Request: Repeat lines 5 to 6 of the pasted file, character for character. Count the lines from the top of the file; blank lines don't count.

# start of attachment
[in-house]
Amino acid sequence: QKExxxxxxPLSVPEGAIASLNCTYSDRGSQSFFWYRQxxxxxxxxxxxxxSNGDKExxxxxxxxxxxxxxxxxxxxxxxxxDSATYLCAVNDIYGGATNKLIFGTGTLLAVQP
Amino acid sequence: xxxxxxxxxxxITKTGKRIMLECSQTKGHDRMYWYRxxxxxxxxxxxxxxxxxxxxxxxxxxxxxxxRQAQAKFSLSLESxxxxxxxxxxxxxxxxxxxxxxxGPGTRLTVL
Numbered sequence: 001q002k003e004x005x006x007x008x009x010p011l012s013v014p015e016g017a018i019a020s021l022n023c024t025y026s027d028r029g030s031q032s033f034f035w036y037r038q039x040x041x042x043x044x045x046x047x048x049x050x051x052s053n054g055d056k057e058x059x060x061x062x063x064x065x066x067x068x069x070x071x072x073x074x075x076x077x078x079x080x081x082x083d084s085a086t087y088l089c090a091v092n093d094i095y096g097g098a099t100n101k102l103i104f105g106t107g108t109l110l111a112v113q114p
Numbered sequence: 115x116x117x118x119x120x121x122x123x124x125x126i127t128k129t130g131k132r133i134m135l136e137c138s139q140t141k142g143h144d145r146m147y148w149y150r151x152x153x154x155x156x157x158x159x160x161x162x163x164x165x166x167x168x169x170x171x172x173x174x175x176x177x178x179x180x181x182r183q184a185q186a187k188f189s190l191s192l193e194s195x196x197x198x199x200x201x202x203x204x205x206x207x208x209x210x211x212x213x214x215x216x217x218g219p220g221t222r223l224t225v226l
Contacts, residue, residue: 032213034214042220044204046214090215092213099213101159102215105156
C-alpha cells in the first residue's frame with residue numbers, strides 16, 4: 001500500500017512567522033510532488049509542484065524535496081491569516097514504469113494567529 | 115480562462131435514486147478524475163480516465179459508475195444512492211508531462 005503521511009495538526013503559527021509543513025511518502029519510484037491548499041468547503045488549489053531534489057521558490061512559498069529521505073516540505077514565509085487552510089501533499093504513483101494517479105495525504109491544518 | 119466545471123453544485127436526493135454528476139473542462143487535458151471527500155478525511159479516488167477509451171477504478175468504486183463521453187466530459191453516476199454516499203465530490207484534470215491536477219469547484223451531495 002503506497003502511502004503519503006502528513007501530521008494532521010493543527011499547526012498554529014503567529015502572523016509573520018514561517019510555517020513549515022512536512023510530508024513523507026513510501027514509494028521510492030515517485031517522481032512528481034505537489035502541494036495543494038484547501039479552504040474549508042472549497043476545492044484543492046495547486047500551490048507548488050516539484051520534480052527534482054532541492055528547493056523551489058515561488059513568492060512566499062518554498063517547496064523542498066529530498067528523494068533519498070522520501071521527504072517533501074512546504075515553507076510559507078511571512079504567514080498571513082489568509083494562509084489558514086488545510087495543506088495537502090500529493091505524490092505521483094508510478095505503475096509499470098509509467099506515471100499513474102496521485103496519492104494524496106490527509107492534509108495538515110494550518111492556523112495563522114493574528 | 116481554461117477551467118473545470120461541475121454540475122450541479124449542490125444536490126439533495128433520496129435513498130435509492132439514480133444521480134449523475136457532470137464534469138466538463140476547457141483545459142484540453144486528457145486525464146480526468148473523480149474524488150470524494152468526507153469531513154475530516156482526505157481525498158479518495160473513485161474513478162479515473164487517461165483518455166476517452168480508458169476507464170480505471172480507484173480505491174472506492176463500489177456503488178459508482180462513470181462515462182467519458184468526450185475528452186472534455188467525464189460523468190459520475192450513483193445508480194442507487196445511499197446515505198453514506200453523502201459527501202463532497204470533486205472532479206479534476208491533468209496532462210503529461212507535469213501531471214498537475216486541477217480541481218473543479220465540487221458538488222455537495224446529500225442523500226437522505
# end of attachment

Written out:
Numbered sequence: 115x116x117x118x119x120x121x122x123x124x125x126i127t128k129t130g131k132r133i134m135l136e137c138s139q140t141k142g143h144d145r146m147y148w149y150r151x152x153x154x155x156x157x158x159x160x161x162x163x164x165x166x167x168x169x170x171x172x173x174x175x176x177x178x179x180x181x182r183q184a185q186a187k188f189s190l191s192l193e194s195x196x197x198x199x200x201x202x203x204x205x206x207x208x209x210x211x212x213x214x215x216x217x218g219p220g221t222r223l224t225v226l
Contacts, residue, residue: 032213034214042220044204046214090215092213099213101159102215105156